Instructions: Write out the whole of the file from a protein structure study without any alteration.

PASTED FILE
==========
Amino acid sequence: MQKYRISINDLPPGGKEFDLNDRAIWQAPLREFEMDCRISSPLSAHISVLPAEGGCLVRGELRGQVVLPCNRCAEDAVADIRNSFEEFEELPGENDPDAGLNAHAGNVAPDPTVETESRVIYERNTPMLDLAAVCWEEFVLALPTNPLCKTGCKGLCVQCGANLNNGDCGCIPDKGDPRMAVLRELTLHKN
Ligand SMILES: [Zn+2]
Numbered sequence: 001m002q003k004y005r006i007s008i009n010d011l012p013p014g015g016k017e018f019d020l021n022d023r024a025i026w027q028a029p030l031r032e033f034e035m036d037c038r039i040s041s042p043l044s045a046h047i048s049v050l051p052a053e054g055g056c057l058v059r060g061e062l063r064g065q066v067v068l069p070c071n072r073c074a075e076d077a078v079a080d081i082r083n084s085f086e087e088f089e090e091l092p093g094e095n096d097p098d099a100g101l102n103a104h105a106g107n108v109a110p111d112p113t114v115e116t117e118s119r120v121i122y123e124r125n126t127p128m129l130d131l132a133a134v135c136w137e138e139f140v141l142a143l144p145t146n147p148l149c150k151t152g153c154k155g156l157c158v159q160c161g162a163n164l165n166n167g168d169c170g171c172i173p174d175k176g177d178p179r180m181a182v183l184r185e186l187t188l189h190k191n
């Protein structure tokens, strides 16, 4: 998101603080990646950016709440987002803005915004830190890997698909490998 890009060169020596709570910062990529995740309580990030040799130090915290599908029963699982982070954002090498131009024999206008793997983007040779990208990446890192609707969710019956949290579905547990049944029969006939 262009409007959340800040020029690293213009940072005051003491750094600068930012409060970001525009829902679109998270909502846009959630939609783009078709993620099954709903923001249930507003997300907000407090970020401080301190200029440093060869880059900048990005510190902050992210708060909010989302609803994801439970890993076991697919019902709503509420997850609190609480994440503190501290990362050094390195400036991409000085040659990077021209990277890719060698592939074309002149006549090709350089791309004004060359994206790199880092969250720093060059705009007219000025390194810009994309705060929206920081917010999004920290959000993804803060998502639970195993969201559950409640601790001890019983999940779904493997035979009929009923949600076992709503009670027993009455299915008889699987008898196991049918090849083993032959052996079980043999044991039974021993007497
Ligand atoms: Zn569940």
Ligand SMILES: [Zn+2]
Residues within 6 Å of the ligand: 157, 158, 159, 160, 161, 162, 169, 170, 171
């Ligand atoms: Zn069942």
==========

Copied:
Amino acid sequence: MQKYRISINDLPPGGKEFDLNDRAIWQAPLREFEMDCRISSPLSAHISVLPAEGGCLVRGELRGQVVLPCNRCAEDAVADIRNSFEEFEELPGENDPDAGLNAHAGNVAPDPTVETESRVIYERNTPMLDLAAVCWEEFVLALPTNPLCKTGCKGLCVQCGANLNNGDCGCIPDKGDPRMAVLRELTLHKN
Ligand SMILES: [Zn+2]
Numbered sequence: 001m002q003k004y005r006i007s008i009n010d011l012p013p014g015g016k017e018f019d020l021n022d023r024a025i026w027q028a029p030l031r032e033f034e035m036d037c038r039i040s041s042p043l044s045a046h047i048s049v050l051p052a053e054g055g056c057l058v059r060g061e062l063r064g065q066v067v068l069p070c071n072r073c074a075e076d077a078v079a080d081i082r083n084s085f086e087e088f089e090e091l092p093g094e095n096d097p098d099a100g101l102n103a104h105a106g107n108v109a110p111d112p113t114v115e116t117e118s119r120v121i122y123e124r125n126t127p128m129l130d131l132a133a134v135c136w137e138e139f140v141l142a143l144p145t146n147p148l149c150k151t152g153c154k155g156l157c158v159q160c161g162a163n164l165n166n167g168d169c170g171c172i173p174d175k176g177d178p179r180m181a182v183l184r185e186l187t188l189h190k191n
């Protein structure tokens, strides 16, 4: 998101603080990646950016709440987002803005915004830190890997698909490998 890009060169020596709570910062990529995740309580990030040799130090915290599908029963699982982070954002090498131009024999206008793997983007040779990208990446890192609707969710019956949290579905547990049944029969006939 262009409007959340800040020029690293213009940072005051003491750094600068930012409060970001525009829902679109998270909502846009959630939609783009078709993620099954709903923001249930507003997300907000407090970020401080301190200029440093060869880059900048990005510190902050992210708060909010989302609803994801439970890993076991697919019902709503509420997850609190609480994440503190501290990362050094390195400036991409000085040659990077021209990277890719060698592939074309002149006549090709350089791309004004060359994206790199880092969250720093060059705009007219000025390194810009994309705060929206920081917010999004920290959000993804803060998502639970195993969201559950409640601790001890019983999940779904493997035979009929009923949600076992709503009670027993009455299915008889699987008898196991049918090849083993032959052996079980043999044991039974021993007497
Ligand atoms: Zn569940």
Ligand SMILES: [Zn+2]
Residues within 6 Å of the ligand: 157, 158, 159, 160, 161, 162, 169, 170, 171
């Ligand atoms: Zn069942």